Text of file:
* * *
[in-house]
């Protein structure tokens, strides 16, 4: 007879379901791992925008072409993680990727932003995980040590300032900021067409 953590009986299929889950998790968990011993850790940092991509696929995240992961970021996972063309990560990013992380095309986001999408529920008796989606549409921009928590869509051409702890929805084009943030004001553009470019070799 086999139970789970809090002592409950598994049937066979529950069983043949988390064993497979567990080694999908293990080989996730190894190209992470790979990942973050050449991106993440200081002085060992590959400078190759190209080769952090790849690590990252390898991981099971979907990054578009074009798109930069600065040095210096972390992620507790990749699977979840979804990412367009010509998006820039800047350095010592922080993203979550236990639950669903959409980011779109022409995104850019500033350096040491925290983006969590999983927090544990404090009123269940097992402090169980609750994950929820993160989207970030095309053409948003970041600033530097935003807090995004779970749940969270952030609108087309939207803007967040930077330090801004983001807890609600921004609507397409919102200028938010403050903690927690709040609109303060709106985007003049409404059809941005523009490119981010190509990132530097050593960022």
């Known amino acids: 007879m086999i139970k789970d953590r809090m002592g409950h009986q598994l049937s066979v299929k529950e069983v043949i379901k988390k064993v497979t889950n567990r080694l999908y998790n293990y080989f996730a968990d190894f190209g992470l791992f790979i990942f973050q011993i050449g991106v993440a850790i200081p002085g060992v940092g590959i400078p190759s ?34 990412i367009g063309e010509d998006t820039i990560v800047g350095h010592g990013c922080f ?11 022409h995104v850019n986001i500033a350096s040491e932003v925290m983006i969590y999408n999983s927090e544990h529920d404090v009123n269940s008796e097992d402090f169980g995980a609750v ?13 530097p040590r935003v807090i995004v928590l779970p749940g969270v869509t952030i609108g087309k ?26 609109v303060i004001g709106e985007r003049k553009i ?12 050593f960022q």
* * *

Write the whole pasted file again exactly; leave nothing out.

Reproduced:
[in-house]
């Protein structure tokens, strides 16, 4: 007879379901791992925008072409993680990727932003995980040590300032900021067409 953590009986299929889950998790968990011993850790940092991509696929995240992961970021996972063309990560990013992380095309986001999408529920008796989606549409921009928590869509051409702890929805084009943030004001553009470019070799 086999139970789970809090002592409950598994049937066979529950069983043949988390064993497979567990080694999908293990080989996730190894190209992470790979990942973050050449991106993440200081002085060992590959400078190759190209080769952090790849690590990252390898991981099971979907990054578009074009798109930069600065040095210096972390992620507790990749699977979840979804990412367009010509998006820039800047350095010592922080993203979550236990639950669903959409980011779109022409995104850019500033350096040491925290983006969590999983927090544990404090009123269940097992402090169980609750994950929820993160989207970030095309053409948003970041600033530097935003807090995004779970749940969270952030609108087309939207803007967040930077330090801004983001807890609600921004609507397409919102200028938010403050903690927690709040609109303060709106985007003049409404059809941005523009490119981010190509990132530097050593960022």
């Known amino acids: 007879m086999i139970k789970d953590r809090m002592g409950h009986q598994l049937s066979v299929k529950e069983v043949i379901k988390k064993v497979t889950n567990r080694l999908y998790n293990y080989f996730a968990d190894f190209g992470l791992f790979i990942f973050q011993i050449g991106v993440a850790i200081p002085g060992v940092g590959i400078p190759s ?34 990412i367009g063309e010509d998006t820039i990560v800047g350095h010592g990013c922080f ?11 022409h995104v850019n986001i500033a350096s040491e932003v925290m983006i969590y999408n999983s927090e544990h529920d404090v009123n269940s008796e097992d402090f169980g995980a609750v ?13 530097p040590r935003v807090i995004v928590l779970p749940g969270v869509t952030i609108g087309k ?26 609109v303060i004001g709106e985007r003049k553009i ?12 050593f960022q």